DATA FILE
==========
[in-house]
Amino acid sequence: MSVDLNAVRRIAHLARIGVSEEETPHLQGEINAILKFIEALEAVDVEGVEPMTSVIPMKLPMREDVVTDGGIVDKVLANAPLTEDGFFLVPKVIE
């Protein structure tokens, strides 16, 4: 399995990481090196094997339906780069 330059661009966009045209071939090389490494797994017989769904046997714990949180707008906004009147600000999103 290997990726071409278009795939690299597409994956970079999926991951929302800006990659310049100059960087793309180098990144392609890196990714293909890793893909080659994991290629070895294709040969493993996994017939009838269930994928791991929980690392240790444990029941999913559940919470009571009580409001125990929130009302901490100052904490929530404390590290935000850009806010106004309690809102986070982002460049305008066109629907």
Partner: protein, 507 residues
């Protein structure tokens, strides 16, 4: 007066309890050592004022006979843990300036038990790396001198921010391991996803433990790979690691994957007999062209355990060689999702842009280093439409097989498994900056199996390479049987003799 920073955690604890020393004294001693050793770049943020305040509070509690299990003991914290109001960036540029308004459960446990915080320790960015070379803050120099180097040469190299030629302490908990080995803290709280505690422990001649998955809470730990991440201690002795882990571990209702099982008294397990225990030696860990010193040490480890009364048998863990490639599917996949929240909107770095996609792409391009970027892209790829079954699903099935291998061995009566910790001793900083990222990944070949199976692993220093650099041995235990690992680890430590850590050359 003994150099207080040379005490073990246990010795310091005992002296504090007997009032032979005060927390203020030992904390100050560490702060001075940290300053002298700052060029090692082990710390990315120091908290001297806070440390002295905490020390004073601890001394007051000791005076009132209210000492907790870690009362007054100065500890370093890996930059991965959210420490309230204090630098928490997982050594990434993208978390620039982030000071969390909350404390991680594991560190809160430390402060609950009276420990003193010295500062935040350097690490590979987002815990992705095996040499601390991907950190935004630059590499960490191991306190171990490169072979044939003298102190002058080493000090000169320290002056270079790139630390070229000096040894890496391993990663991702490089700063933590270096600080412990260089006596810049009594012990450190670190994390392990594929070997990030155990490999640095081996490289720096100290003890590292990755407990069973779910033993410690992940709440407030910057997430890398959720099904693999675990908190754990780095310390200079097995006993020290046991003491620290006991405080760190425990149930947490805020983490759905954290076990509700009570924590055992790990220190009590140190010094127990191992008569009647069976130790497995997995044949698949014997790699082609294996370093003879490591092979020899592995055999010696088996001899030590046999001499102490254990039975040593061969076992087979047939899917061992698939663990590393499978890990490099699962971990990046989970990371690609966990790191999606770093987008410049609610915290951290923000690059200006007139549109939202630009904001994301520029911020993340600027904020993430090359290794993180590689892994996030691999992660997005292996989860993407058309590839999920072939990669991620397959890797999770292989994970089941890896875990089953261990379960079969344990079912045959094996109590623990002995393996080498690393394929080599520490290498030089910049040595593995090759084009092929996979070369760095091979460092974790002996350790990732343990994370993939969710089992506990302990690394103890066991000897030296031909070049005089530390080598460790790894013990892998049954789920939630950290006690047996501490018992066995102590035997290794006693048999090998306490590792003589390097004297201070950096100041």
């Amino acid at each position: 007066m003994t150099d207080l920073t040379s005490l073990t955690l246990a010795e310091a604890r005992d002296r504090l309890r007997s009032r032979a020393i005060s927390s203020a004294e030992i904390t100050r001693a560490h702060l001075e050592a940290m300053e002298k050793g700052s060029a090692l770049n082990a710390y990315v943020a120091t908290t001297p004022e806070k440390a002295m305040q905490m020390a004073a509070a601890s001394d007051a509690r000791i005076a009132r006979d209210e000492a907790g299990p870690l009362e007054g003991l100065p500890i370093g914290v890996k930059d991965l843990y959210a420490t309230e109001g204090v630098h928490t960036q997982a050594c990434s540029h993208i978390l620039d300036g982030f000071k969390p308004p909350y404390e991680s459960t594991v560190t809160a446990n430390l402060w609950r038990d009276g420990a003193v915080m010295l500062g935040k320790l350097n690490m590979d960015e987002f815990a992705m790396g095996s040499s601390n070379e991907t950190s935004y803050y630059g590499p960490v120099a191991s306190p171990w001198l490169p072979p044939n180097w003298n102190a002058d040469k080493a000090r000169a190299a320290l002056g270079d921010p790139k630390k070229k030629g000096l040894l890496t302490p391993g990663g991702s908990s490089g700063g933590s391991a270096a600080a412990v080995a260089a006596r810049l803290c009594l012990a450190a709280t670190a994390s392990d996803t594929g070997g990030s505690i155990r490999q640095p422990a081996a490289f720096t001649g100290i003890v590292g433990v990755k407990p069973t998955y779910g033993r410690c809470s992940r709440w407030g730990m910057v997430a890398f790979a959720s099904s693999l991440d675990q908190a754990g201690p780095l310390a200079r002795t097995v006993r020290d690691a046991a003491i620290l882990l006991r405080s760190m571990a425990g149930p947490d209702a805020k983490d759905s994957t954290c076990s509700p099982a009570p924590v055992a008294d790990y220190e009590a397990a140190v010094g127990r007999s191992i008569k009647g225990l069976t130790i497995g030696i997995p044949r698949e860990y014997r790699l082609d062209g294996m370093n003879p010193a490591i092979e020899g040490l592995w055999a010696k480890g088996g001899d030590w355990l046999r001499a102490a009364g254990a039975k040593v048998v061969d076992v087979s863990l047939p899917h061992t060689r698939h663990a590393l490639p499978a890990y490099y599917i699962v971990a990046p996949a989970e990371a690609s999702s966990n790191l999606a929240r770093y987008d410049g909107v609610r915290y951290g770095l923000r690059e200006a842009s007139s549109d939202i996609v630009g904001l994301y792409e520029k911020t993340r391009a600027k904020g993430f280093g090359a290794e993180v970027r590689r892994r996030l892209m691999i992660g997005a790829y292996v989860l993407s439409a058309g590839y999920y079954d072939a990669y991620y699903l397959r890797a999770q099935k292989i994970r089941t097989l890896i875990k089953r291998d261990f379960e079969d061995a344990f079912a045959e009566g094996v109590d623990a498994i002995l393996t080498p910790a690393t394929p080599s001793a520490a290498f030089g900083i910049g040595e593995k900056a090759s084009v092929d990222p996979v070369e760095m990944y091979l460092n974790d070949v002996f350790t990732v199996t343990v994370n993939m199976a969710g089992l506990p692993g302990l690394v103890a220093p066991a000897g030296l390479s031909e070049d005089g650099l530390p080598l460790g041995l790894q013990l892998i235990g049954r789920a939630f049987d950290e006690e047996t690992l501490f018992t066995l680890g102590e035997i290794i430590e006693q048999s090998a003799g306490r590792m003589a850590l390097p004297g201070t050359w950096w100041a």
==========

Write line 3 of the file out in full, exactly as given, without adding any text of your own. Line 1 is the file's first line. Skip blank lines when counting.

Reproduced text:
């Protein structure tokens, strides 16, 4: 399995990481090196094997339906780069 330059661009966009045209071939090389490494797994017989769904046997714990949180707008906004009147600000999103 290997990726071409278009795939690299597409994956970079999926991951929302800006990659310049100059960087793309180098990144392609890196990714293909890793893909080659994991290629070895294709040969493993996994017939009838269930994928791991929980690392240790444990029941999913559940919470009571009580409001125990929130009302901490100052904490929530404390590290935000850009806010106004309690809102986070982002460049305008066109629907």